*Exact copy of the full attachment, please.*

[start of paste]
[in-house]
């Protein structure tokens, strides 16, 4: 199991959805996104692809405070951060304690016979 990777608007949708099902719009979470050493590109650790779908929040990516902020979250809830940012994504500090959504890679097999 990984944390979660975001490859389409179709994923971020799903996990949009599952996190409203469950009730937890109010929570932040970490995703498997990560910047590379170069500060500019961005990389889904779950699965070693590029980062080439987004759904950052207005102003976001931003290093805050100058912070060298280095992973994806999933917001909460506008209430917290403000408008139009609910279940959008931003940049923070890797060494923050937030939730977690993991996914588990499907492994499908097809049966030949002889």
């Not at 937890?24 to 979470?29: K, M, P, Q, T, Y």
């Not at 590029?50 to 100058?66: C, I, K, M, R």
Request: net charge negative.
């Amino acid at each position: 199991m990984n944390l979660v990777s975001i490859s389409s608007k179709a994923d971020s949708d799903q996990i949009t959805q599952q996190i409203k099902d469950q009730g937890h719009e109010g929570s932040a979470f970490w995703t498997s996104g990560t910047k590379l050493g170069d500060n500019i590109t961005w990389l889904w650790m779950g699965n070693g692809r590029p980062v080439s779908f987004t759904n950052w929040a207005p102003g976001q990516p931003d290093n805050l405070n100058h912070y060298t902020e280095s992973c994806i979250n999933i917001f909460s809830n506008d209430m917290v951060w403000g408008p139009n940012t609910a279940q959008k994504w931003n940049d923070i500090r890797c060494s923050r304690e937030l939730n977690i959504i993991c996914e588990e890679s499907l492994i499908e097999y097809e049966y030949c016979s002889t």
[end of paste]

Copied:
[in-house]
């Protein structure tokens, strides 16, 4: 199991959805996104692809405070951060304690016979 990777608007949708099902719009979470050493590109650790779908929040990516902020979250809830940012994504500090959504890679097999 990984944390979660975001490859389409179709994923971020799903996990949009599952996190409203469950009730937890109010929570932040970490995703498997990560910047590379170069500060500019961005990389889904779950699965070693590029980062080439987004759904950052207005102003976001931003290093805050100058912070060298280095992973994806999933917001909460506008209430917290403000408008139009609910279940959008931003940049923070890797060494923050937030939730977690993991996914588990499907492994499908097809049966030949002889």
């Not at 937890?24 to 979470?29: K, M, P, Q, T, Y």
């Not at 590029?50 to 100058?66: C, I, K, M, R």
Request: net charge negative.
């Amino acid at each position: 199991m990984n944390l979660v990777s975001i490859s389409s608007k179709a994923d971020s949708d799903q996990i949009t959805q599952q996190i409203k099902d469950q009730g937890h719009e109010g929570s932040a979470f970490w995703t498997s996104g990560t910047k590379l050493g170069d500060n500019i590109t961005w990389l889904w650790m779950g699965n070693g692809r590029p980062v080439s779908f987004t759904n950052w929040a207005p102003g976001q990516p931003d290093n805050l405070n100058h912070y060298t902020e280095s992973c994806i979250n999933i917001f909460s809830n506008d209430m917290v951060w403000g408008p139009n940012t609910a279940q959008k994504w931003n940049d923070i500090r890797c060494s923050r304690e937030l939730n977690i959504i993991c996914e588990e890679s499907l492994i499908e097999y097809e049966y030949c016979s002889t």